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What are the best Florence neighbourhoods for international residents?

Giampietro Vianello
Giampietro Vianello - [email protected]
What are the best Florence neighbourhoods for international residents?
Florence is the third-most popular Italian destination for native English speakers after Rome and Milan. Photo by Vincenzo PINTO / AFP

Whether you're moving to Florence for the first time or are looking for a new place in the city, here are the five best 'quartieri' to call home.


Given the city’s famous architecture, cuisine and rich cultural scene, it’s no wonder that Florence is one of the most popular Italian cities among foreigners. 

As many as 133,400 foreign nationals live in Tuscany’s capital, making up around 31 percent of the total local population. 

Florence is the third-most popular destination for native English speakers after Rome and Milan, with plenty of US and UK nationals living by the Arno.


But like most other major cities in Italy, Florence is a very diverse place and some of its neighbourhoods may be more suited to foreign nationals than others.

READ ALSO: Ten things to expect when you move to Tuscany

So, in no particular order, here are the city’s top five quartieri for foreign residents to consider.

Campo di Marte

Located about two miles east of the city centre, the Campo di Marte neighbourhood is one of Florence’s most tranquil residential areas. 

Granted, the quartiere might lack the appeal of the city centre's Renaissance architecture, but Campo di Marte’s liberty-style buildings are still very, very far from your ordinary suburban condos.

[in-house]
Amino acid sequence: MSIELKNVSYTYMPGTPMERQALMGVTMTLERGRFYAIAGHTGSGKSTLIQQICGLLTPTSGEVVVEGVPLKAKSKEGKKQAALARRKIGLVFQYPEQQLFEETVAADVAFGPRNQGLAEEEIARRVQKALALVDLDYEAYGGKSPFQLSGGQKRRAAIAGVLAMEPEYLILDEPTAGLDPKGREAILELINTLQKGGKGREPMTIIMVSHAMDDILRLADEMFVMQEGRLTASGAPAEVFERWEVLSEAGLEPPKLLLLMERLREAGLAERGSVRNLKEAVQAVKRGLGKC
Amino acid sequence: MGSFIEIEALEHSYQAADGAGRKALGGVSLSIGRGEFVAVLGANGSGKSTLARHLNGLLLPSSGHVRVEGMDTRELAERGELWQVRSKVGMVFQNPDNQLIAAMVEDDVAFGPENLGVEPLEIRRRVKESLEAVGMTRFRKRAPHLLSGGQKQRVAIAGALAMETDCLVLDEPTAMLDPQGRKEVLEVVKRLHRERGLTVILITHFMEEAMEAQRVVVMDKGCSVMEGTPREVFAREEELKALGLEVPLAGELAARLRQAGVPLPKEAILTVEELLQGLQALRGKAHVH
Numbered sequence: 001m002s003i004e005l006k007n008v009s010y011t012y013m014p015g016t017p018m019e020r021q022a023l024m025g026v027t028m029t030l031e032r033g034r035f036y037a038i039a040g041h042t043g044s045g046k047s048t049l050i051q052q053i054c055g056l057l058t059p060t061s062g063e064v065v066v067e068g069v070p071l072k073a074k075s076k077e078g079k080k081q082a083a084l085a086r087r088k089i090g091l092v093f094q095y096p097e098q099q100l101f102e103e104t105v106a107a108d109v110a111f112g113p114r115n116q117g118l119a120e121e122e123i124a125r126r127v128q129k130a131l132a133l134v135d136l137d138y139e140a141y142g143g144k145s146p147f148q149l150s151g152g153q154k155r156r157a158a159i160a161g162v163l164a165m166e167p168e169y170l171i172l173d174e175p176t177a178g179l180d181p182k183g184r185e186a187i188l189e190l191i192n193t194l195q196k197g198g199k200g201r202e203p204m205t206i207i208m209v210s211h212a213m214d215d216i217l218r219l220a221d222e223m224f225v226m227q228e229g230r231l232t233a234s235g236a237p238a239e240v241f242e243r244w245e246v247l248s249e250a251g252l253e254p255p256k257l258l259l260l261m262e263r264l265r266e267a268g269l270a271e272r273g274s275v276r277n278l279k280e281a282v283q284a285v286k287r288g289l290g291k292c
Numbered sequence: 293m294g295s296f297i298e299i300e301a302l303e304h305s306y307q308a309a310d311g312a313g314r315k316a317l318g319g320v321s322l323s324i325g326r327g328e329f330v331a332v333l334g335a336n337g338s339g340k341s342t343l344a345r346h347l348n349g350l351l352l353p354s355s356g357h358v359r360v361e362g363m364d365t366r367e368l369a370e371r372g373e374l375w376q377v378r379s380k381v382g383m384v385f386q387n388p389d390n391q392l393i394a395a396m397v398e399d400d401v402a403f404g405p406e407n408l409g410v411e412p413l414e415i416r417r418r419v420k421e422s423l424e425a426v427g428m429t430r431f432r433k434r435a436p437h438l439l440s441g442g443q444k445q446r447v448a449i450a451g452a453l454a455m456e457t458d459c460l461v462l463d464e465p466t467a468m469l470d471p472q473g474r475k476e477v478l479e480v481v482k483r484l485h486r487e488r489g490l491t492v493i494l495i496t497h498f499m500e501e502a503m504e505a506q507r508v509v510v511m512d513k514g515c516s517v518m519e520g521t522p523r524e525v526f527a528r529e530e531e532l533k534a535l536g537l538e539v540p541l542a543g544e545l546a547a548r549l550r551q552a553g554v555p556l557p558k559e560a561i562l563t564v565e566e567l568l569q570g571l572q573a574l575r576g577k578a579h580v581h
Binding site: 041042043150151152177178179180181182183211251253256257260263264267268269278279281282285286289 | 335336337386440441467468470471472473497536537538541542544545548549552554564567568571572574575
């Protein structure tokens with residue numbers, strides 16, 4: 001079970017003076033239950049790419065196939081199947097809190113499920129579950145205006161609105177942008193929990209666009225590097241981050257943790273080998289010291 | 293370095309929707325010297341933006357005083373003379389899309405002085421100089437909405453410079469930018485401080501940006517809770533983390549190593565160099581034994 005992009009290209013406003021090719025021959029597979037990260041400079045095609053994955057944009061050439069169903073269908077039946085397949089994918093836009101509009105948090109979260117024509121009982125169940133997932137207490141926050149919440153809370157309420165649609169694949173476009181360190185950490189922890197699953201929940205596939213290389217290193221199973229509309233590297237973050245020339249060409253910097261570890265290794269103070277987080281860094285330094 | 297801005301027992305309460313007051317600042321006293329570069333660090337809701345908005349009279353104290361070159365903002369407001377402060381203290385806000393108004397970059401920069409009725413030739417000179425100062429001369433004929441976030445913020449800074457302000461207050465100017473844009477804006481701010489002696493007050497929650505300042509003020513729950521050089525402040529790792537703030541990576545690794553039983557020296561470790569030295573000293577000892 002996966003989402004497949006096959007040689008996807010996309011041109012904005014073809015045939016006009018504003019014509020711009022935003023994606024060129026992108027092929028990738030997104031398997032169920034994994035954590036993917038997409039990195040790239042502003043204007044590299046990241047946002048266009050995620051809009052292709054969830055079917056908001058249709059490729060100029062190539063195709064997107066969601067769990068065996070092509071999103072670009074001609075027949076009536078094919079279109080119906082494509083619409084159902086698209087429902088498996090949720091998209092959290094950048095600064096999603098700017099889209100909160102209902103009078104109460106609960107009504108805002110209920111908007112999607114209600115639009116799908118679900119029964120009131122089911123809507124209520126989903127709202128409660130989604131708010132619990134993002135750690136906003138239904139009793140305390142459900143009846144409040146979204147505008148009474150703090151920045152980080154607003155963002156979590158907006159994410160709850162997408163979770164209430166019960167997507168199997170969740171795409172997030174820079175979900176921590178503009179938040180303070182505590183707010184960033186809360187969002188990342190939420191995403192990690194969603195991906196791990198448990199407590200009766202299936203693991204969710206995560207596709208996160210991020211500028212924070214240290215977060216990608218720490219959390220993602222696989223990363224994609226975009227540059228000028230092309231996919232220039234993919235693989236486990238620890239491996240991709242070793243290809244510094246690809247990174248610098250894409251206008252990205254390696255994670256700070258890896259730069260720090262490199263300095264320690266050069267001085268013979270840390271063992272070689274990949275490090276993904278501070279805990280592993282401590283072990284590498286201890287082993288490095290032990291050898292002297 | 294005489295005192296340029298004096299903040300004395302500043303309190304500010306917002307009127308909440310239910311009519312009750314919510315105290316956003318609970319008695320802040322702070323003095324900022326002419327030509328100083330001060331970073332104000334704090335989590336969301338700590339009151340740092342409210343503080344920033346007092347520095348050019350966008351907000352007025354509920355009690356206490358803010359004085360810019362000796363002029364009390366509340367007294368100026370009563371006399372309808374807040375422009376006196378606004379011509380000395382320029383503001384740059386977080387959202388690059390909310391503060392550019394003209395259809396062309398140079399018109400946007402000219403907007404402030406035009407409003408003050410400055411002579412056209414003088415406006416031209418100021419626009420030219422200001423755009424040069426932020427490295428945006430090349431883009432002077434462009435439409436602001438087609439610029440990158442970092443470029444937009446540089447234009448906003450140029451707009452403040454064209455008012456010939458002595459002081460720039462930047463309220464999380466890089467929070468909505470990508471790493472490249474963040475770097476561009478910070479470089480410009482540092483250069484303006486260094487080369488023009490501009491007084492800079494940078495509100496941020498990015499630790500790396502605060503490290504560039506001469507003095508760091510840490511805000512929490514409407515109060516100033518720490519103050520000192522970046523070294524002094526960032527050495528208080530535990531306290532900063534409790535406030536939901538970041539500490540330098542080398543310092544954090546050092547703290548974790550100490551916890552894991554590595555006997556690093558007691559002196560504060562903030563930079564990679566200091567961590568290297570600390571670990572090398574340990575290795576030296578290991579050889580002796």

The area also offers plenty of sport and entertainment options as it is home to both the Artemio Franchi stadium, where the local Fiorentina football team plays, and the Nelson Mandela Forum, which regularly hosts some of Italy’s biggest music events. 

Florence's Artemio Franchi stadium

The Artemio Franchi stadium is one of many local attractions in the Campo di Marte area. The Photo by Alberto PIZZOLI / AFP

The neighbourhood is also suited to those who love being surrounded by nature as it is dotted by a number of parks and green areas, including the Niccolò Galli Garden and the Villa Il Ventaglio Park. 

Finally, housing in Campo di Marte is generally far more affordable than it is in areas closer to the city centre, with the average asking price standing at 4,115 euros per square metre.

San Marco

San Marco is a residential neighbourhood sitting just north of Florence’s city centre. 

Unlike Campo di Marte, its architecture is fully in line with that of the city’s centro storico and, as such, is graced by a number of gorgeous Renaissance buildings. 


The iconic Basilica di San Marco and the square stretching out in front of it are the beating heart of the area as they are residents’ favourite gathering place. 

That said, the beauty of the above church and of many other local landmarks also means that a good number of tourists populate the quartiere during the day. 

READ ALSO: Thirteen dialect words you need to know in Florence

This can sometimes result in crowded streets and chaotic road traffic, which can make it hard for residents to move around.